The second is what Lentin calls “repackaging racism as discrimination”  (Ibid., 147), where racism is often compared to other types of discrimination (physical ability, gender, sexual preference). Again, this ignores its complex relationship to issues of nationalism, colonialism, slavery, and immigration and again, tends to equate racism with matters of prejudice. This repackaging as discrimination is succinctly stated by Fernando Rojas, Cuba’s Vice-Minister of Culture, in a film titled “Raza” (2008), directed by Eric Corvalán Pellé. When asked about racism in Cuba he says it does not exist, but that there is racial discrimination. Rojas, with the best of intentions, while trying to address the existence of racial disparities in contemporary Cuba, winds up evading that there are institutional and societal barriers to racial equality in Cuba. What Rojas’s statement reveals is that “unthinkable” aspect of deviation with regards to race, articulated by Groys. But equally, it reflects what Sawyer refers to as “inclusionary discrimination” (which he borrows from Brazilian scholar Edward Telles), in arguing that both racial mixture and exclusionary practices can coexist, even thrive. (Sawyer, 35)

The multicultural paradigms of the US or Europe are regarded rather suspiciously by Cuba, and to a degree, they coincide with right-wing critics who argue that multiculturalism weakens national unity and identity. Cuba is a country that is obsessed with national unity, a theme that goes back to the failures of the independence movement of the Ten Years War. Here the totalizing fantasies of the right and left might overlap and perhaps the words of Adorno might serve as a reminder:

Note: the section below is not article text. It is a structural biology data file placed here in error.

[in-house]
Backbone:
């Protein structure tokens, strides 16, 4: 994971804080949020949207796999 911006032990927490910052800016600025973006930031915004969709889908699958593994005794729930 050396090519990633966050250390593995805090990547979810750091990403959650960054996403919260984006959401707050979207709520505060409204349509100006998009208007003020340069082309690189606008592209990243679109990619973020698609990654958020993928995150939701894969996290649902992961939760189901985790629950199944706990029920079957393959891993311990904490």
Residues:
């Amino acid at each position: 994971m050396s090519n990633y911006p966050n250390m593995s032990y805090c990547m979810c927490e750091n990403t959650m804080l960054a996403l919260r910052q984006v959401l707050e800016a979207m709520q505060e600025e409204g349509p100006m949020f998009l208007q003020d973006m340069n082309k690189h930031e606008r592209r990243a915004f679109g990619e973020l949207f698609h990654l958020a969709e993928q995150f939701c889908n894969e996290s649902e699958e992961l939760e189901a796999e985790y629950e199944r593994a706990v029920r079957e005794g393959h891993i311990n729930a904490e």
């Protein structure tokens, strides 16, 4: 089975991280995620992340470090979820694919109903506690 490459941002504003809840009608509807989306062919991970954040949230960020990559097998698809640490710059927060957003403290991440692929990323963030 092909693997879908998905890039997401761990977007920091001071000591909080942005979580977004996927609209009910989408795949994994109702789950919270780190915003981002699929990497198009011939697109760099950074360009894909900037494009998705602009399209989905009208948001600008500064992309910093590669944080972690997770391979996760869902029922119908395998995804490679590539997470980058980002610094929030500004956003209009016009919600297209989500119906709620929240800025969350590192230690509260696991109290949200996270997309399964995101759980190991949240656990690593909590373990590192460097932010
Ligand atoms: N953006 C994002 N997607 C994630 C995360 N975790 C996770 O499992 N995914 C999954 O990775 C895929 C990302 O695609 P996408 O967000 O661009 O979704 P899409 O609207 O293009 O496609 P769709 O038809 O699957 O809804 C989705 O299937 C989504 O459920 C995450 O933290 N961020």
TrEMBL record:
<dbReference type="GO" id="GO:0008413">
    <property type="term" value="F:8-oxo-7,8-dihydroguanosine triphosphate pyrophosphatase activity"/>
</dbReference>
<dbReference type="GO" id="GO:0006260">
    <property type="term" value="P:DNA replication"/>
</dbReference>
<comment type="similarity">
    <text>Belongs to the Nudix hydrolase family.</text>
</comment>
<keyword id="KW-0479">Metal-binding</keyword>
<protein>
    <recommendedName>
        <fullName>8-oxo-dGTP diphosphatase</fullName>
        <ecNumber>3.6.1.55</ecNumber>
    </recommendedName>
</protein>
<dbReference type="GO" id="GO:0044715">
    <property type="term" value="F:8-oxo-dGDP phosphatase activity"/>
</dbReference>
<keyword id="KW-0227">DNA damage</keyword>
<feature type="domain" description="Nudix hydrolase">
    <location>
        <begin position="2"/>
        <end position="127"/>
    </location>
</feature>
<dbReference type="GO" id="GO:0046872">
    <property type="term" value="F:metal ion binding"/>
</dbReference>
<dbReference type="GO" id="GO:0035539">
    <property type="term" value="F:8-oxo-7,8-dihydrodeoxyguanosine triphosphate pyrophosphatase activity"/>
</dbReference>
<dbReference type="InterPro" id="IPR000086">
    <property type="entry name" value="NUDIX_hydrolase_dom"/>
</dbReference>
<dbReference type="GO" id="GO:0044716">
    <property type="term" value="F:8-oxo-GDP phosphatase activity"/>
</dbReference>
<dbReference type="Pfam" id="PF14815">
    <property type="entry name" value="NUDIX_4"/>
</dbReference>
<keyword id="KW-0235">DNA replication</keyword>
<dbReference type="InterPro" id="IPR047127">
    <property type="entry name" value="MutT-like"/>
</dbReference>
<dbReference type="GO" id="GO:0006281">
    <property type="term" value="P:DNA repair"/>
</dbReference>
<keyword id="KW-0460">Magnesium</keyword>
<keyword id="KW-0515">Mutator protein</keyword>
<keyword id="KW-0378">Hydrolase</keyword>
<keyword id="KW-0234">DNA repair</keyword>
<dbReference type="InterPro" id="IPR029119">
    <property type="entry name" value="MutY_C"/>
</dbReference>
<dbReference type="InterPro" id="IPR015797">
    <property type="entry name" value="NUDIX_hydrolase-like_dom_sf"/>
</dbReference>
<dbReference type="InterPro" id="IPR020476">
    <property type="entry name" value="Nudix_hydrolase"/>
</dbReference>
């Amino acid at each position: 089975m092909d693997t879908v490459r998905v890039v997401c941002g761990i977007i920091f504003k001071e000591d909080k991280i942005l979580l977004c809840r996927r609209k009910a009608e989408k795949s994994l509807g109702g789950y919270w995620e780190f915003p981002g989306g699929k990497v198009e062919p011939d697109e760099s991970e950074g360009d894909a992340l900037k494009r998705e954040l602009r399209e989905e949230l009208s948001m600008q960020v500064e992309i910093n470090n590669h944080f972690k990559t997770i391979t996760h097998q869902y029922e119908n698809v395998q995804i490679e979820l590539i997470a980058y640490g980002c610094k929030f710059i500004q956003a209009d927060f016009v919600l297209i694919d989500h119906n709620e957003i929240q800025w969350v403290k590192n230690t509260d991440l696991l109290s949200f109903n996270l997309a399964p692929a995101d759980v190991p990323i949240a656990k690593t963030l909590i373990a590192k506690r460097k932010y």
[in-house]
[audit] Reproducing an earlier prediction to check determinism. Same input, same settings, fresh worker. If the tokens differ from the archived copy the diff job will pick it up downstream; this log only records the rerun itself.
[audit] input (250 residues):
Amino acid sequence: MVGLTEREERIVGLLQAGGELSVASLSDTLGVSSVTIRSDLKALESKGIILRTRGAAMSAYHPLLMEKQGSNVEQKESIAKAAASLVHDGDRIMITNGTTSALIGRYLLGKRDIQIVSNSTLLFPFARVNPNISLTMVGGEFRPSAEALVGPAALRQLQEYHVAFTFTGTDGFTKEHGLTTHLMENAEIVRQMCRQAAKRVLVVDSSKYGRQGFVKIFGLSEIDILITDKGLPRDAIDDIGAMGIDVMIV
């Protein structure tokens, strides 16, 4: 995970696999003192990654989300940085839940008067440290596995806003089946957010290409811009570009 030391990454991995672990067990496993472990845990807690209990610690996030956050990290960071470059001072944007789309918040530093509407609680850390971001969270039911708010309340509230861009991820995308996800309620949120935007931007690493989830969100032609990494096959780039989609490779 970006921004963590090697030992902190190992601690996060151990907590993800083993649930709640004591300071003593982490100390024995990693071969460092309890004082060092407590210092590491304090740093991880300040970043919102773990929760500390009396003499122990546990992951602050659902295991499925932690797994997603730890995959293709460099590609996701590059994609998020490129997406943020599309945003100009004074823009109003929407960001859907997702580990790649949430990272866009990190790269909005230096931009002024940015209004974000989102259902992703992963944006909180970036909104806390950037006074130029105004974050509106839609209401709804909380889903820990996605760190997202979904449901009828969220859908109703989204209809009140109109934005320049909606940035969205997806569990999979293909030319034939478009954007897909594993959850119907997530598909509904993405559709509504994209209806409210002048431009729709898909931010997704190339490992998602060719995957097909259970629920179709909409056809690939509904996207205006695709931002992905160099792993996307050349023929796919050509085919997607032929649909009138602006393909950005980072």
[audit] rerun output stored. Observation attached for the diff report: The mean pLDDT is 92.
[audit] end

“An emancipated society, on the other hand, would not be a unitary state, but the realization of universality in the reconciliation of differences. Politics that are still seriously concerned with such a society ought not, therefore, propound the abstract equality of men even as an idea. Instead, they should point to the bad equality today, the identity of those with interests in films and weapons, and conceive the better state in which people could be different without fear” (Adorno, 103).

Adorno’s definition of emancipation echoes his dictum of “The whole is the false” (Ibid., 50) Socialist systems have traditionally been built on the notion of a “beautiful totality”, the realm of freedom beyond necessity. Yet, they have not been able to adequately resolve “the incompatibility of the human needs for freedom and for security, for individualism and for belonging”. (Ignatieff , as cited in Taguieff, 304) In Cuba, security and belonging have won the upper hand.

This view on difference and totality has relevance to socialist views on citizenship and its relationship to race, an area understudied on the scholarship of socialism.   In the case of Cuba since 1959 the definition of citizenship has narrowed, focusing on binaries like revolutionary vs. counter-revolutionary, patriots vs. vendepatrias, defenders of progressive change vs. reactionaries, those who have left vs. those who have remained. In discussing definitions of citizenship Roberto Alejandro reminds us that citizenship is an extremely complex set of languages, practices, politics, symbols, meanings, and identities.